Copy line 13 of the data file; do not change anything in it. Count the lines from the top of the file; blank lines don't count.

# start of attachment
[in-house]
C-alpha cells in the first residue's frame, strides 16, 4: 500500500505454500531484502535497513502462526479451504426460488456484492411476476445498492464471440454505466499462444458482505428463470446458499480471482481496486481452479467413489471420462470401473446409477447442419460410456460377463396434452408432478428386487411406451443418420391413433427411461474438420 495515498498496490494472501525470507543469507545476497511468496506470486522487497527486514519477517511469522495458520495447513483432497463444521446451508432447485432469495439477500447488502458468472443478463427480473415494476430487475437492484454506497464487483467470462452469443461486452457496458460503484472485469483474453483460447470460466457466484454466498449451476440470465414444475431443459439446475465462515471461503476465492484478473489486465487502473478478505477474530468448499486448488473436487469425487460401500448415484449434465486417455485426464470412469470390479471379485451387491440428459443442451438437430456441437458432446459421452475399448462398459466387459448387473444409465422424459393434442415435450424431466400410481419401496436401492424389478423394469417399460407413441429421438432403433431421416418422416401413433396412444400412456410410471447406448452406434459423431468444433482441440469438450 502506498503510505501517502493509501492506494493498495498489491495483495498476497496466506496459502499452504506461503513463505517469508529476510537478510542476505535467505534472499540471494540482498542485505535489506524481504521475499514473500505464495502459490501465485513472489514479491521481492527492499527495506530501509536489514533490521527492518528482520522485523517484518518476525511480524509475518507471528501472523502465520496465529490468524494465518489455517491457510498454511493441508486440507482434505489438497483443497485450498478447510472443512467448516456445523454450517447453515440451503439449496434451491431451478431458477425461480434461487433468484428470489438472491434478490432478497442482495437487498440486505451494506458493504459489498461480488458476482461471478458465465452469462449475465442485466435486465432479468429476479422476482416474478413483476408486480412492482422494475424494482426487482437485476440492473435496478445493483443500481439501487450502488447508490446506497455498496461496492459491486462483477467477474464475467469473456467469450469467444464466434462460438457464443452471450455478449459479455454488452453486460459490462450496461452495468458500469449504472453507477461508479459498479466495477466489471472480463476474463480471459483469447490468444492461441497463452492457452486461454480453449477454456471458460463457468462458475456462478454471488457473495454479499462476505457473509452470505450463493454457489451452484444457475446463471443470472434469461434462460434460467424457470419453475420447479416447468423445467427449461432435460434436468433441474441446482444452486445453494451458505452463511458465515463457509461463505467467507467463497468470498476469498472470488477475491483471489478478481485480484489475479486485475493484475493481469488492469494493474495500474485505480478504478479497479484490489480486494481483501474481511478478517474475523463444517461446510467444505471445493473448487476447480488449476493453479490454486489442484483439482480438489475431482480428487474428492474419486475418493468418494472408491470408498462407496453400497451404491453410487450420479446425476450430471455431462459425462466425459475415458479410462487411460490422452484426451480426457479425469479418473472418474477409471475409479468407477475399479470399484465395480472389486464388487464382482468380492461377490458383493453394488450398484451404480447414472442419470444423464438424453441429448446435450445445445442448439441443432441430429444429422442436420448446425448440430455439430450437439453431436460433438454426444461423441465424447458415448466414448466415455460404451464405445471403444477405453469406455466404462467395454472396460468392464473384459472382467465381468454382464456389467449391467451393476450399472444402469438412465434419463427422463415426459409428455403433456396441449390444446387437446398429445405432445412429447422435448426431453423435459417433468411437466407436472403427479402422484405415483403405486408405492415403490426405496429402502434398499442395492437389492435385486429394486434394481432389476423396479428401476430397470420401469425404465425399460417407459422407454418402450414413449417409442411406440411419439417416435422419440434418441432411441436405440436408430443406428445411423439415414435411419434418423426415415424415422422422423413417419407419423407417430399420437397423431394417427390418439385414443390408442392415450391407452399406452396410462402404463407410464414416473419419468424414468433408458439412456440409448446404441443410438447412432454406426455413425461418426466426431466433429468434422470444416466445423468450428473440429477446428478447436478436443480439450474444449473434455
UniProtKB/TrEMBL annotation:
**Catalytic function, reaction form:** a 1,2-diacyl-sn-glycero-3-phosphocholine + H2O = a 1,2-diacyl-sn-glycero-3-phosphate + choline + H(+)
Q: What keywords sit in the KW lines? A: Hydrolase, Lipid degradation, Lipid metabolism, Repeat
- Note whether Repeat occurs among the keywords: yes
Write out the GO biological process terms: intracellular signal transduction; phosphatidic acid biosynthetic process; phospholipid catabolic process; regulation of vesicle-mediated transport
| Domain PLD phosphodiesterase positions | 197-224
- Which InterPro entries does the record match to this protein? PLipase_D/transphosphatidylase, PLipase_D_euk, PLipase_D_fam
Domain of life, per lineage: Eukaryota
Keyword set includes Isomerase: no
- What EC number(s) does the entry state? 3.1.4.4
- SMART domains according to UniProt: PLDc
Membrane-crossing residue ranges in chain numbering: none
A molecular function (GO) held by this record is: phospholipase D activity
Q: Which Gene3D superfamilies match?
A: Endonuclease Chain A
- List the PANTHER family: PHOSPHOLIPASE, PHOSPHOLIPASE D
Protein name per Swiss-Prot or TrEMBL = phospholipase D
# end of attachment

- SMART domains according to UniProt: PLDc